Another Lunch Bag from Pink Penguin

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I admit it – I’m cheap. I refuse to trade in my money for junk that are neither practical nor useful.

Gifts are the worst. It’s a death trap for our wallet because we’re usually confused and often pressed for time when selecting them. If we’re not very careful, we’ll end up throwing away our precious money on stupid tchotchkes that are usually overpriced, cheaply made, and overall lame. I know this because I was once a victim of it all. I would make a mad dash into a store on the way to a party and pay a pretty penny just so that I don’t show up empty handed. The gifts usually screamed out “I put absolutely no thought into your want or need” inside a colorful tissue paper. Where’s the spirit of gift giving in that?

Now, I make stuff. Sure, it takes more time and effort, but it’s more personal.  And it saves me money. And since I’m a cheapo, that’s what matters. And it satisfies my crafting addiction so it’s a triple-win. So no, no store-bought gift for you!

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This is Pink Penguin’s Lunch Bag I made for a lovely three-year-old on her birthday (I’ve made the same bag before, here). Her mother and I often discuss that we want our daughters to grow up smart and sassy, so I purposely avoided bubblegum pink and used two bold colors in orange and turquoise. I love these two color combinations.

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Project: Lunch Bag
Pattern: Pink Penguin’s Lunch Bag
Recipient: Scarlet for her 3rd birthday
Materials:
All fabrics purchased at Fabricworm.com

(Click to view the fabrics used on the project)

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Knit Cable Bag

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One of the main reasons why I’m now a knitter is because I fell in love with Michael’s Fashion Cable Bag I saw on display, while on a non-knitting errand at the local craft store years ago. It was knit in white wool, with round bamboo handles, and had a brown ribbon around it. I had to have it but it was not on sale, so I picked up a pair of knitting needles instead and taught myself to knit. My first attempt was such an epic failure that I never went back to the pattern again (to my defense, the pattern is written very poorly) but my love for cable bags never faded.

Fast forward several years and I finally have my very own knit cable bag!

Many of the patterns I found online were beautiful but too intricate for my taste, so I made an original, super easy version. I made the bag panel using a pattern from The Yarn Girls Cables in Chamoix (see my previous post about the sweater here). The cable bag is virtually a sweater front folded in half, with handles on top.

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Pattern: Inspired by The Yarn Girls’ Cables in Chamoix
Yarn: Cascade 220 in Pacific (I knit with two strands to add durability. It’s sturdy without being bulky.)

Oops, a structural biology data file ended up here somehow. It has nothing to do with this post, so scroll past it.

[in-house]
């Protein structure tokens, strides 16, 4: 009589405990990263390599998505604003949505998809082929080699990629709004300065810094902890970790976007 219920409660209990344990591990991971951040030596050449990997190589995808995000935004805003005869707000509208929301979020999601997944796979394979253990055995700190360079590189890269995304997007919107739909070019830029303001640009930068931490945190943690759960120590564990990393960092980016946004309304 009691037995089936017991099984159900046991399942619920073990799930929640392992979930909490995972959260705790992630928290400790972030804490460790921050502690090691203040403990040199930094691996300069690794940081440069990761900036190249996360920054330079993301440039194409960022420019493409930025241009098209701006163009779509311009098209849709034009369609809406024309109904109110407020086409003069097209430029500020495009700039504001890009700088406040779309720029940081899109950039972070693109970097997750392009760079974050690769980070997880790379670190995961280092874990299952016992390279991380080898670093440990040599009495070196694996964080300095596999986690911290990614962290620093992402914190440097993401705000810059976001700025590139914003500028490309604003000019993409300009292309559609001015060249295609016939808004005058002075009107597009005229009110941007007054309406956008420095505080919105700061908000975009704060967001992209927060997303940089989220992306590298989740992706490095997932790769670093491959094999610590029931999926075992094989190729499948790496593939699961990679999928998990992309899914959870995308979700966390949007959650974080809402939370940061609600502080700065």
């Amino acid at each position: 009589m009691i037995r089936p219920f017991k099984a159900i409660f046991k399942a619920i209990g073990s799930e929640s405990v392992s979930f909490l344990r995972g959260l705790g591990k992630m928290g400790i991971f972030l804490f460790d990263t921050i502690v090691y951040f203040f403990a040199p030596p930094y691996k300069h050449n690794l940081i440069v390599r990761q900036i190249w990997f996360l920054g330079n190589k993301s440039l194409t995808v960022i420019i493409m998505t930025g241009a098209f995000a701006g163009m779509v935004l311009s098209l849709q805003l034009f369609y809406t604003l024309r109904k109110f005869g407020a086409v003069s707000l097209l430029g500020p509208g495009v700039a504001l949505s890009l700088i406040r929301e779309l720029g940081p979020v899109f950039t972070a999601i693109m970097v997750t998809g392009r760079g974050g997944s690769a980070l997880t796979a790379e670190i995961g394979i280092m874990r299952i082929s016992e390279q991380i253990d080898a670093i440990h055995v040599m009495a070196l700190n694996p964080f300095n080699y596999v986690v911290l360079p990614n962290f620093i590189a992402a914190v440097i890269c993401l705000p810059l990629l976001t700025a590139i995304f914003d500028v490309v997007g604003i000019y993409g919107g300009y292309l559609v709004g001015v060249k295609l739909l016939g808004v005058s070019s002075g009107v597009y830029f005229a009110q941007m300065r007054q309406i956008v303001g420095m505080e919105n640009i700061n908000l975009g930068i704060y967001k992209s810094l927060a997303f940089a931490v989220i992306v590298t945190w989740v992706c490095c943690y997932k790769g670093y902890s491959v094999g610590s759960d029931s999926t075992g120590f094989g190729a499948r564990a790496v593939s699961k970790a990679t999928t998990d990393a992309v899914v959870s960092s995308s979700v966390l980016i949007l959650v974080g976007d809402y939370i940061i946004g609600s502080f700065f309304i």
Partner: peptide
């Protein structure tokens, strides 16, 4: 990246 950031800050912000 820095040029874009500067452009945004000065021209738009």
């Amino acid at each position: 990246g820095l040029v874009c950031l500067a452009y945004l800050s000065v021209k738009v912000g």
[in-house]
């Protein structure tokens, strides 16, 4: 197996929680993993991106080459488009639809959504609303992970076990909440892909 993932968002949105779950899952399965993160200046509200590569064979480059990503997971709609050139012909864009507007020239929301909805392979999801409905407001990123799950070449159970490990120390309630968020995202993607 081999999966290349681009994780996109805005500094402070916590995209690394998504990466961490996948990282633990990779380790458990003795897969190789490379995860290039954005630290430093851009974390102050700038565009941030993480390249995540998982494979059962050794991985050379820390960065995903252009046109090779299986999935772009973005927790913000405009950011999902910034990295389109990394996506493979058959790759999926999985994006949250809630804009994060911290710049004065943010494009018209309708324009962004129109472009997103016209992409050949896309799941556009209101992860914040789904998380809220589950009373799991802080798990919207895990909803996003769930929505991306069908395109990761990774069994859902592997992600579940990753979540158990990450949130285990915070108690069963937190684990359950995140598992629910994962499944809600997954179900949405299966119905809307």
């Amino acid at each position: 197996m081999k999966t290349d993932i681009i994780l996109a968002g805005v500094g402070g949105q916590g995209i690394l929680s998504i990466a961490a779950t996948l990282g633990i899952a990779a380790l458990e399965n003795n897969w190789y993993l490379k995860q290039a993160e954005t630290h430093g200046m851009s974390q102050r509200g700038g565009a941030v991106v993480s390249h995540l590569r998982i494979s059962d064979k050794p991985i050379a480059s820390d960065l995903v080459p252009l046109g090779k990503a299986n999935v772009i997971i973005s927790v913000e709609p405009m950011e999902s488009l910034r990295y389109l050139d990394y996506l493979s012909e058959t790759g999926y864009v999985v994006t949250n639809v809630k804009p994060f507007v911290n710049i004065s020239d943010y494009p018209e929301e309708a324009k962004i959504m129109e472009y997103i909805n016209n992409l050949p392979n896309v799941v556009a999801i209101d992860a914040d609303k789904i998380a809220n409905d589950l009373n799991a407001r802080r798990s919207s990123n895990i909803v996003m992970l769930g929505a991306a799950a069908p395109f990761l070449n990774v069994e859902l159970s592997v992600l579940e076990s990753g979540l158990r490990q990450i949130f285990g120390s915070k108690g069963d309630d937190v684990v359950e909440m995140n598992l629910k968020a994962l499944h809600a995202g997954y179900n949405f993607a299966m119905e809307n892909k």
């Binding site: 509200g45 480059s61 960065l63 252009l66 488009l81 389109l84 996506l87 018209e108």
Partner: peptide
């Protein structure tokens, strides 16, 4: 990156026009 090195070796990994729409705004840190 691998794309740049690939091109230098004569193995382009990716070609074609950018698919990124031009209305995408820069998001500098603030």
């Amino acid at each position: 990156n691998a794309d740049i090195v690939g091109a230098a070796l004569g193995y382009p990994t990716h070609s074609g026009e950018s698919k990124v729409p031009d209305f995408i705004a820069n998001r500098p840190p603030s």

Lining: Amy Butler in Belle French Wallpaper Spruce
Handles: 10” full ring bamboo handles, in natural color

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I’m currently contemplating if I should put a little embellishment, like a fabric flower or a bow, on the bag! I’m in love with the bag!

Handmade Patchwork Bag

I love the look of patchwork.  You can tell when you look at the finished product that someone put lots of love and time into making the special piece – from fabric selections to the actual patching of pieces together.  It’s a thing of beauty.

But, boy, it’s hard work!  Maybe I lack the attention to detail, but I often find myself sewing these little pieces together, only to find out that I miscalculated the measurement and the pieces come out way off.  There’s nothing more disappointing than realizing that two patchwork panels that you were supposed to put together for a bag, for instance, don’t fit perfectly on top of each other!

I have so much respect for quilters and other crafters, who have the patience and the skillful hands to put together amazing masterpieces.

Runners put on running shoes and hit the pavement to train.  I, the patchwork rookie, got out a rotary cutter and a ruler to hone my cutting and sewing skills.  I wasn’t ready to take on a complicated project (I have to work up to that) so I decided to make a simple, nine-square patchwork bag over the weekend.  My goal was to take my time and cut each piece precisely, and sew it together with love and care, with an extra dose of patience.

I didn’t use a pattern for this bag but it was inspired by Pink Penguin’s Patchwork Drawstring Bag tutorial. (By the way, Ayumi’s new book called “Patchwork, Please!” will be released on April 2013!  OMG, I cannot wait to get my hands on her amazing patterns!)

Instead of using 16 pieces (a total of 32 for both panels), I used nine on each side, with each piece measuring 3-1/2 inches x 3-1/2 inches (for ¼ inch sewing allowance).

I used Echino‘s polka dots fabrics — the same ones that I used for the Lunch Bag I made a while back.

I was incredibly happy when I saw that these edges aligned perfectly! What a feeling!

Here’s the finished project! I put a cotton batting in between for a softer feel. Instead of a drawstring, I put a little magnetic closure inside, and turned the strap adjustable.